Show All Answers
In the meantime, the use of the Neighborhood Speed Watch Program (radar trailer) and Neighborhood Entry signs continue to be available.
In fact, 'Children at Play' signs can increase the potential for accidents by giving a false sense of protection to children and parents which cannot be guaranteed.
For these reasons, national traffic standards, such as the Manual on Uniform Traffic Control Devices (MUTCD), don't recognize such warning signs and discourage their use. Our department doesn't want to encourage children to play within the roadway, which is intended exclusively for the use of vehicles.
Additionally, to maintain consistency we would have to post the signs in so many locations throughout the county that they would cease to command the attention or respect of drivers.
In the months following their installation, the overall effectiveness as well as the public's receptiveness was evaluated by way of before and after speed/volume studies and neighborhood surveys. These results were provided to the County Council for further direction. Subsequently, permanent speed humps replaced the temporary humps in these two neighborhoods in 2007. In 2008, two more neighborhoods were selected for the Traffic Calming Pilot Program and were fitted with several speed humps.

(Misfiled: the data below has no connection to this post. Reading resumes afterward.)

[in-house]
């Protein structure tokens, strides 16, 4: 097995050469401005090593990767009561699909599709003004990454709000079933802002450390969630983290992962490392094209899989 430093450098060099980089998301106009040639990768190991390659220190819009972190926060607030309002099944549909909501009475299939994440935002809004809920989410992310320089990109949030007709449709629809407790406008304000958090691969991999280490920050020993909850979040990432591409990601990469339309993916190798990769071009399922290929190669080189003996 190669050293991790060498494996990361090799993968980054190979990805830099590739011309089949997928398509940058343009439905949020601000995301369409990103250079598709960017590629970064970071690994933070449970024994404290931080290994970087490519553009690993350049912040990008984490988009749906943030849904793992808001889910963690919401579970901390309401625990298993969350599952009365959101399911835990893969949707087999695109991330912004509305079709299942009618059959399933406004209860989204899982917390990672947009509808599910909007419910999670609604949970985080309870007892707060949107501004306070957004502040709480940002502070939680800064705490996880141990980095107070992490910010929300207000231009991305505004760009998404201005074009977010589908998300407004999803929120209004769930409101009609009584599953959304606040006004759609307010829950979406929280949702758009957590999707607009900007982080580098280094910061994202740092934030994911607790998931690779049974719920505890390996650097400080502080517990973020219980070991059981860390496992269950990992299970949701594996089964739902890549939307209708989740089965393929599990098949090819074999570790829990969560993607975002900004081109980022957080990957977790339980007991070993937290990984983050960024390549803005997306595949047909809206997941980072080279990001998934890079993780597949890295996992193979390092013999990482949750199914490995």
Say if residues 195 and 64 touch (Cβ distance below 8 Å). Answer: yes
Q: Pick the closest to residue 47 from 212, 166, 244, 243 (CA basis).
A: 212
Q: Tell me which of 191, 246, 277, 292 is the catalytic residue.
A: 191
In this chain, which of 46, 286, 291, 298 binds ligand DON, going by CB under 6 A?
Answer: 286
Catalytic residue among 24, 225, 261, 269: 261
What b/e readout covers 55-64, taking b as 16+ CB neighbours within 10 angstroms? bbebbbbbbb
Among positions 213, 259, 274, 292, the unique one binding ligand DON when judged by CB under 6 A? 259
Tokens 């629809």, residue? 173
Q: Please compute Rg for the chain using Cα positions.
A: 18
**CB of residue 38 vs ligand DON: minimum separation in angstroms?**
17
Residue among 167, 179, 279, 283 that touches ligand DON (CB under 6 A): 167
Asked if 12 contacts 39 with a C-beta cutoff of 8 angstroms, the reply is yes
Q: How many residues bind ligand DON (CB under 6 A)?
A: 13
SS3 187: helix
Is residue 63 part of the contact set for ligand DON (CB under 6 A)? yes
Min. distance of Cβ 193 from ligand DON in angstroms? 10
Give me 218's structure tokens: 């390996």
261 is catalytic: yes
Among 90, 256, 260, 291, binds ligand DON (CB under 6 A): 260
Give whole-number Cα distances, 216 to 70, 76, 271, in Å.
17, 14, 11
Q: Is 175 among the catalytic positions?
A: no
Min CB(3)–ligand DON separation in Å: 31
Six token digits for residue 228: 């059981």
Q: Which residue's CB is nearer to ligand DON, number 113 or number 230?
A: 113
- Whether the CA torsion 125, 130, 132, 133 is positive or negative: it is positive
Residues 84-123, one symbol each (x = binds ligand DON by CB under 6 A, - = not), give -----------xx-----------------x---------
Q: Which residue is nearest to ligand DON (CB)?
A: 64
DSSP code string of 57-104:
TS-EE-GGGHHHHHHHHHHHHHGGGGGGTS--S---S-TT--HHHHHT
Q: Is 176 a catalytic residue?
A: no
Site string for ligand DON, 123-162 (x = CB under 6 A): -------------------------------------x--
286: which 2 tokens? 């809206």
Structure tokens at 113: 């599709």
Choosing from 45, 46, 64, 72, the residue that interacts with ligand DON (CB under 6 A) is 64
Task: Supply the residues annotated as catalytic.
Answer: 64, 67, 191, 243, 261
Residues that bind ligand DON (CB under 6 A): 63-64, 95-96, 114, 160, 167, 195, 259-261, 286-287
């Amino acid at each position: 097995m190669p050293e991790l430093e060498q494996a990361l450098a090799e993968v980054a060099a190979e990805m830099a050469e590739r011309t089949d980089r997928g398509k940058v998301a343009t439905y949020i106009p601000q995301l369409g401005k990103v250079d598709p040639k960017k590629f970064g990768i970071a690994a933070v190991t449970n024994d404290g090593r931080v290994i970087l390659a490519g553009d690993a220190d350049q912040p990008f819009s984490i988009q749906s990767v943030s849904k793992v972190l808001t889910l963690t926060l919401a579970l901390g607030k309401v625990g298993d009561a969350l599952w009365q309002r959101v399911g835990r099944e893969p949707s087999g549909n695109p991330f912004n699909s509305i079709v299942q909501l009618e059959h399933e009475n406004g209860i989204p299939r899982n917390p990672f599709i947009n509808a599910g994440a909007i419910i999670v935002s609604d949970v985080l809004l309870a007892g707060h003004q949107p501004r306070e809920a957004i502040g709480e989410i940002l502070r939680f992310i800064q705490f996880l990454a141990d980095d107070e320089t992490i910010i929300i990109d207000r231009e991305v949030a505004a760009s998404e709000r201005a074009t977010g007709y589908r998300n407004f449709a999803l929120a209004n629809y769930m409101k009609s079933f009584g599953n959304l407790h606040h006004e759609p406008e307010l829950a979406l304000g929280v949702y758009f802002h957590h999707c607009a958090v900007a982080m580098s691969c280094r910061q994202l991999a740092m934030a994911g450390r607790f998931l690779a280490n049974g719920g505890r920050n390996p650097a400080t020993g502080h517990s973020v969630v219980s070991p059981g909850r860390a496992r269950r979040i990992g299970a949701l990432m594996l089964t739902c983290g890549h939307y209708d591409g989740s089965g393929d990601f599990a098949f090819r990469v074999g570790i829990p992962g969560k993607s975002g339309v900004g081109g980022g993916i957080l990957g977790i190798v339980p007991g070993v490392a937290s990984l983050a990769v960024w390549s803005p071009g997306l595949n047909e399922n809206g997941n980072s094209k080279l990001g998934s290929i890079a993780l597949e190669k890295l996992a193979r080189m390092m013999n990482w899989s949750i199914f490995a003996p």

In addition to the speed humps, the County also installed 12 driver feedback signs on arterial roads as a part of the Pilot Program. The effectiveness of these electronic signs in slowing arterial traffic has been mixed, primarily due to equipment reliability issues.
Neighborhoods and law enforcement can also make difference by working in groups to combat the problem. The most effective way of reducing a speeding problem is through selective enforcement, which is working with the Sheriff's Office on traffic infractions in your area. You can reach the neighborhood patrol deputy by phone at (253) 798-4840.
You can also report incidents at (253) 798-4840. When reporting, prepare to give Sherrif's Department deputies as much information as possible, such as:
'Neighborhood Entry' signs must be approved by the county engineer. Neighborhood groups or individuals are responsible for all costs associated with manufacturing, installing and maintaining the signs. To have the county engineer consider your neighborhood, request the 'Neighborhood Entry' Sign request form.